Gas exchange in fish

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  • Created by: zoolouise
  • Created on: 02-05-16 14:35

Gas exchange in fish

Fish are very active hence why they need a good supply of oxygen. Gas exchange takes place across the girls and gills have the following:

  • One-way current of water - kept flowing by a ventilation mechanism 
  • Many folds - increases the surface area for gas exchange
  • Large surface area - density of water prevents gills from collapsing on top of each other

There are two main types of fish and they both ventilate their gills in different ways. These two types of fish include:

  • Cartilaginous fish - skeleton of cartilage. e.g. sharks
  • Bony fish - skeleton of bone. e.g. salmon, cod

Cartilaginous fish

These types of fish include sharks. They have gills in five spaces on each side and they're called gill pouches, these open at gill slits. The ventilation mechanism is less efficient compared to bony fish. This is because:

  • There is no mechanism to force water over their gills so they must swim for ventilation to take place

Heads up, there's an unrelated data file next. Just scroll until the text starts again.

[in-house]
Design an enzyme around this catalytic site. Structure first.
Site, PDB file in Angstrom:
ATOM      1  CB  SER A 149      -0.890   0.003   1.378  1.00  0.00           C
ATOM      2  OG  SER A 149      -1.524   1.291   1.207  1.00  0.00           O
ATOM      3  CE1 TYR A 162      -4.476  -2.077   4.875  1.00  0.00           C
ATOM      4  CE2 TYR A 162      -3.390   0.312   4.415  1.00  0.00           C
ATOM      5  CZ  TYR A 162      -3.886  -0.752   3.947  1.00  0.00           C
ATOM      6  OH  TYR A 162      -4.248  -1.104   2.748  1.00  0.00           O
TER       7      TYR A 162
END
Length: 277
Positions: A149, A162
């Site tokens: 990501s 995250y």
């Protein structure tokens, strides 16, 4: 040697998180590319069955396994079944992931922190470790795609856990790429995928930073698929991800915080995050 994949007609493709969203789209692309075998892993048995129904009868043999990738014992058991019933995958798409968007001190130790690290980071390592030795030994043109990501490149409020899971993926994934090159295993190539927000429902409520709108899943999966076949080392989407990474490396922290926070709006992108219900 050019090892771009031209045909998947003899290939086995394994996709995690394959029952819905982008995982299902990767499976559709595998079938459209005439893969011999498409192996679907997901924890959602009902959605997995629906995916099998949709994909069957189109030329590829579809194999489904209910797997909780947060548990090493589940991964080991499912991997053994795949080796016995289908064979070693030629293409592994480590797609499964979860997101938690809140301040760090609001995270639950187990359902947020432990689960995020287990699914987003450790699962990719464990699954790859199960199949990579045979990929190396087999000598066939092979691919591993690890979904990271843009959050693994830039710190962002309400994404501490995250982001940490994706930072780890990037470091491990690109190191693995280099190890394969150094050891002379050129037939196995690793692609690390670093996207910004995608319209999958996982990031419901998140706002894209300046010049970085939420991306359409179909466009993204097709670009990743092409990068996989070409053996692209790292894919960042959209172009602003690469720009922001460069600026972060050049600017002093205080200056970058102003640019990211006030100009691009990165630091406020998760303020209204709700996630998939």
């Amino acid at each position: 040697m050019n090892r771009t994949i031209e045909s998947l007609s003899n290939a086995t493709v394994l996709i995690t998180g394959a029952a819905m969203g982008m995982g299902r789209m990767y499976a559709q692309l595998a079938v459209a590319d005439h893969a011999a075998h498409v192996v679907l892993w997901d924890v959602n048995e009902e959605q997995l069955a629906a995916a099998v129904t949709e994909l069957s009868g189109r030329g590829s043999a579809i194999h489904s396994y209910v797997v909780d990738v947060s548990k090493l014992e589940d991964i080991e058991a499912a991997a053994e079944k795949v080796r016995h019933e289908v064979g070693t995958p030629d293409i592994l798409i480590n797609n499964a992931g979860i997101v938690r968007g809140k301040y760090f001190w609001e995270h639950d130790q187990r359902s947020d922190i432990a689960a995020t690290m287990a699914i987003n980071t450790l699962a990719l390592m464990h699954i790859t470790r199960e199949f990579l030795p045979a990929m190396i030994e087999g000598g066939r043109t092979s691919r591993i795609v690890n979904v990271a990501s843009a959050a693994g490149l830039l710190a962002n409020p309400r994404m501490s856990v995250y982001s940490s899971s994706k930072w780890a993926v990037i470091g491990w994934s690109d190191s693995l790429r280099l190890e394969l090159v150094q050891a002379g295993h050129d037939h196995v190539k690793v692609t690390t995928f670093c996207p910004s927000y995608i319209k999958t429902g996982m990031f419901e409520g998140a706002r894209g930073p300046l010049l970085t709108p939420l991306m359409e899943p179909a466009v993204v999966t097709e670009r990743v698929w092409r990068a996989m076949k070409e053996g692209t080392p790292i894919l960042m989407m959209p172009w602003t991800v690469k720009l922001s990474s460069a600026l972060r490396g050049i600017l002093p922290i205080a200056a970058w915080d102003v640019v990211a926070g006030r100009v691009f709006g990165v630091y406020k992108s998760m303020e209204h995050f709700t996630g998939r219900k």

• The blood travels in the same direction as the water - parallel flow. Diffusion can only take place until 50% oxygen concentration is reached in the blood. This is when equilibrium is reached and so no more diffusion takes place.
  • Gas exchange in parallel flow doesn't take place across the whole gill lamellae, it stops when the oxygen concentration in the blood and water area are equal.


Bony fish

Bony fish have a skeleton made of bone. Their gills are covered by a flap called the operculum, they are therefore protected. They don't open directly on the side of the fish like they do in cartilaginous fish. They live in both freshwater and seawater and are the most numerous of aquatic organisms.


Ventilation is needed to maintain a continuous, unidirectional


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